Script theory

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Script theory is a psychological theory which posits that human behaviour largely falls into patterns called "scripts" because they function analogously to the way a written script does, by providing a program for action. Silvan Tomkins created script theory as a further development of his affect theory, which regards human beings' emotional responses to stimuli as falling into categories called "affects": he noticed that the purely biological response of affect may be followed by awareness and by what we cognitively do in terms of acting on that affect so that more was needed to produce a complete explanation of what he called "human being theory".

In script theory, the basic unit of analysis is called a "scene", defined as a sequence of events linked by the affects triggered during the experience of those events. Tomkins recognized that our affective experiences fall into patterns that we may group together according to criteria such as the types of persons and places involved and the degree of intensity of the effect experienced, the patterns of which constitute scripts that inform our behavior in an effort to maximize positive affect and to minimize negative affect.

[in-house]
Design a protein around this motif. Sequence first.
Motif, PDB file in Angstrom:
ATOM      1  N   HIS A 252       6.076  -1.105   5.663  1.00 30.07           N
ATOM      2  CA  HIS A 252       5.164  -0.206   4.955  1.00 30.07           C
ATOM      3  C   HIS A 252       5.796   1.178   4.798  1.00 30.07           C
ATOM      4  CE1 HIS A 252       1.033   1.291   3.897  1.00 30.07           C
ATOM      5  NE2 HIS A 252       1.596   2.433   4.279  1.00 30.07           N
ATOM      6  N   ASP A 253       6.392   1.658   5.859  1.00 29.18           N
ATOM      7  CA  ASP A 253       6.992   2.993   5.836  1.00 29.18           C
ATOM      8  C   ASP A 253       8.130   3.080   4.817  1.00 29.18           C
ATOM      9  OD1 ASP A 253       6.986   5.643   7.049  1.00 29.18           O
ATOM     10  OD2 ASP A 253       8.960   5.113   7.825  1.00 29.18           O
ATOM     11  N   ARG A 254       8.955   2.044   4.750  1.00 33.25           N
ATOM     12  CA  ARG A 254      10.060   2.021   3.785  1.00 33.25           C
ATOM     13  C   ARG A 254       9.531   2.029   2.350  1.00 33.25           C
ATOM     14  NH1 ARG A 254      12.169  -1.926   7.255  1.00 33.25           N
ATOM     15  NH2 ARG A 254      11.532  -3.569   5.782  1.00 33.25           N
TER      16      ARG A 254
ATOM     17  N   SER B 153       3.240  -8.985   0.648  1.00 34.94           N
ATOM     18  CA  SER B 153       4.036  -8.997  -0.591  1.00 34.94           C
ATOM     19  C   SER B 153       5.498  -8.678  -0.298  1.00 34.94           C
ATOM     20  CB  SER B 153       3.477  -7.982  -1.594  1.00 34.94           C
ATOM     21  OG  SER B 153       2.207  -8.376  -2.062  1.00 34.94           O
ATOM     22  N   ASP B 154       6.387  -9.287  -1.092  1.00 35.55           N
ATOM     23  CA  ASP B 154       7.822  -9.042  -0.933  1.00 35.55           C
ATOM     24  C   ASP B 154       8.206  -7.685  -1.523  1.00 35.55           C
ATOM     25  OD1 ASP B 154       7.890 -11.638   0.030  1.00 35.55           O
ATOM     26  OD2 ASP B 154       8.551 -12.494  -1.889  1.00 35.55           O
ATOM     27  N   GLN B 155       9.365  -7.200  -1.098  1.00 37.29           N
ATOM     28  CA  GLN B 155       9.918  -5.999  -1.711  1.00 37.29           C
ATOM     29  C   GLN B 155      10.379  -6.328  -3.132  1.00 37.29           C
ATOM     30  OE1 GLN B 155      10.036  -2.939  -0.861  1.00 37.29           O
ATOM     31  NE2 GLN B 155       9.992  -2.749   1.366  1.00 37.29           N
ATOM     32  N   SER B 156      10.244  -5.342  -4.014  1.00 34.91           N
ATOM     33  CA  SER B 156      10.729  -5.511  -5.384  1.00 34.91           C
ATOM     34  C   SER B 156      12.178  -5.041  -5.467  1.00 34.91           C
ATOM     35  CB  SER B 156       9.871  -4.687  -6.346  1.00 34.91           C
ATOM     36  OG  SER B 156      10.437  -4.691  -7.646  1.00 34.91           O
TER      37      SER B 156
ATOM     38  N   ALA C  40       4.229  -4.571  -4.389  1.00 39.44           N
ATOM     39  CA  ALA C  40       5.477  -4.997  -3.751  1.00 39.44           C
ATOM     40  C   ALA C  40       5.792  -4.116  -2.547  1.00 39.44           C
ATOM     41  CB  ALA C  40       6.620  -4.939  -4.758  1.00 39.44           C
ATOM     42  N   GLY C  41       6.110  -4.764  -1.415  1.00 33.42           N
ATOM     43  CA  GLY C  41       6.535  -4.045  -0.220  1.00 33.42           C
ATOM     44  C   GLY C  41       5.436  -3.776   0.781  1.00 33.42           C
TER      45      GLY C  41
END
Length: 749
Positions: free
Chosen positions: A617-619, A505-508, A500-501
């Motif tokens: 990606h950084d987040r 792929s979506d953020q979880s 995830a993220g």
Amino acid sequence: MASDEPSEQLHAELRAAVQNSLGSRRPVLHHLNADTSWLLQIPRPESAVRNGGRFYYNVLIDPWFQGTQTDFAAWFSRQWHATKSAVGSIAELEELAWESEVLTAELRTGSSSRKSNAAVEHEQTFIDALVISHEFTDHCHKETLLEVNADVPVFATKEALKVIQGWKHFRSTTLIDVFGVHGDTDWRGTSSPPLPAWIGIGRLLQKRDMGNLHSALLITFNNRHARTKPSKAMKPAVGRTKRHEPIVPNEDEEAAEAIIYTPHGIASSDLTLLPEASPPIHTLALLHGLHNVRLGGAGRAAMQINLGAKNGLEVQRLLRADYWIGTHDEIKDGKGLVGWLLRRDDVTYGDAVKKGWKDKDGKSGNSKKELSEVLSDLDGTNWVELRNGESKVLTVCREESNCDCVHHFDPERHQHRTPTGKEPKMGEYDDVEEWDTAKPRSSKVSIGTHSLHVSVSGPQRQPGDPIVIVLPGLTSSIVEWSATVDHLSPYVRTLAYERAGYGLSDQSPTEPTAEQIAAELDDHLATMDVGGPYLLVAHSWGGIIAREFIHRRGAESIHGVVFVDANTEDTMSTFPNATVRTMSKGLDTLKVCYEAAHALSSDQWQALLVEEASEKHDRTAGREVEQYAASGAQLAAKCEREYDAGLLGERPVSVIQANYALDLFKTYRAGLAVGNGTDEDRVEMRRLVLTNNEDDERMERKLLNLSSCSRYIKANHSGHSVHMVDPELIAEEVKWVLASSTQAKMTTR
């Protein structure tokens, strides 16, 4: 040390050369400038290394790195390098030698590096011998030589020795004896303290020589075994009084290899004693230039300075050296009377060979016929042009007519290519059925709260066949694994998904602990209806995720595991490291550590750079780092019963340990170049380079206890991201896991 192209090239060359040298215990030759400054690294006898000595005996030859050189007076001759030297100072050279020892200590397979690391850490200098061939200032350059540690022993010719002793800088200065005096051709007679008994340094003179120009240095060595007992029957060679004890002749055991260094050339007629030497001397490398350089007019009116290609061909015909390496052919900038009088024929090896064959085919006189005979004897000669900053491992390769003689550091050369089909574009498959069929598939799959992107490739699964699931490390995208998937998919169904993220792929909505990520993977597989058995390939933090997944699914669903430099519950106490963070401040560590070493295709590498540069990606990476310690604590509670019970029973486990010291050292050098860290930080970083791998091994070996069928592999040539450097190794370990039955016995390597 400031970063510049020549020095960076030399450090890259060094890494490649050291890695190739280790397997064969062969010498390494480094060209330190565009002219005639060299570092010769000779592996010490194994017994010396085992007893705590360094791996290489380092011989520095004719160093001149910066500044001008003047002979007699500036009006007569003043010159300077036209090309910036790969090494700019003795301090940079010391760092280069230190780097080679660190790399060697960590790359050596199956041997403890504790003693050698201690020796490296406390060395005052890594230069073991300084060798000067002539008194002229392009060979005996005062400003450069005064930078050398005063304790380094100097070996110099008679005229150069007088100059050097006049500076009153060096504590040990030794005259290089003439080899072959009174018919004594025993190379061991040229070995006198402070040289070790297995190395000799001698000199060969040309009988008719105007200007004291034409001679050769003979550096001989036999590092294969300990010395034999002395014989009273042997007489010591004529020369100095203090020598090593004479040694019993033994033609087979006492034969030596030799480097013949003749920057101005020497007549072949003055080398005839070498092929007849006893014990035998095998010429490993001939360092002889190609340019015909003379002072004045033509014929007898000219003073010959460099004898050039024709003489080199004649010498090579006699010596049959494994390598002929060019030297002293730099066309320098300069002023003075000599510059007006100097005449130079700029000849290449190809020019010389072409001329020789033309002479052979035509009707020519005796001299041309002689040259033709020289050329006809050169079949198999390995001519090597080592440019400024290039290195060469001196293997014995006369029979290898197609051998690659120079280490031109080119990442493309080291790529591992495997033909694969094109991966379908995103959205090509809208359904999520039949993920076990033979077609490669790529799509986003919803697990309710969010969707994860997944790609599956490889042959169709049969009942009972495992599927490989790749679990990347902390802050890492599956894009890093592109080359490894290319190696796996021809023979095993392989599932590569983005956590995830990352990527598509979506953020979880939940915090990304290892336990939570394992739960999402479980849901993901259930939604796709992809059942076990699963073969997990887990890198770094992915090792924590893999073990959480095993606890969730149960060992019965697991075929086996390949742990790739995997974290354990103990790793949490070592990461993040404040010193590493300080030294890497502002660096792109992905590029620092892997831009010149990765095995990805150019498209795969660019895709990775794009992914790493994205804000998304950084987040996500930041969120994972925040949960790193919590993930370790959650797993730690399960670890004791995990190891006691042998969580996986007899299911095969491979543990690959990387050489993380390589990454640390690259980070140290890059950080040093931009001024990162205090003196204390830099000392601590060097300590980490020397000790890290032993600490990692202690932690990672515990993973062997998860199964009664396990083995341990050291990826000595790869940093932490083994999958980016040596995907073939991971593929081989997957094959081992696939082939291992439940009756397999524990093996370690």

• Nathanson, Donald L. Shame and Pride: Affect, Sex, and the Birth of the Self. London: W.W. Norton, 1992
  • Sedgwick, Eve Kosofsky and Adam Frank, eds. 1995. Shame and Its Sisters: A Silvan Tomkins Reader. Durham and London: Duke University Press.
  • Tomkins, Silvan. "Script Theory". The Emergence of Personality. Eds. Joel Arnoff, A. I. Rabin, and Robert A. Zucker. New York: Springer Publishing Company, 1987. 147–216.
  • Tomkins, Silvan. "Script Theory: Differential Magnification of Affects". Nebraska Symposium On Motivation 1978. Ed. Richard A. Deinstbier. Lincoln, NE: University of Nebraska Press, 1979. 201–236.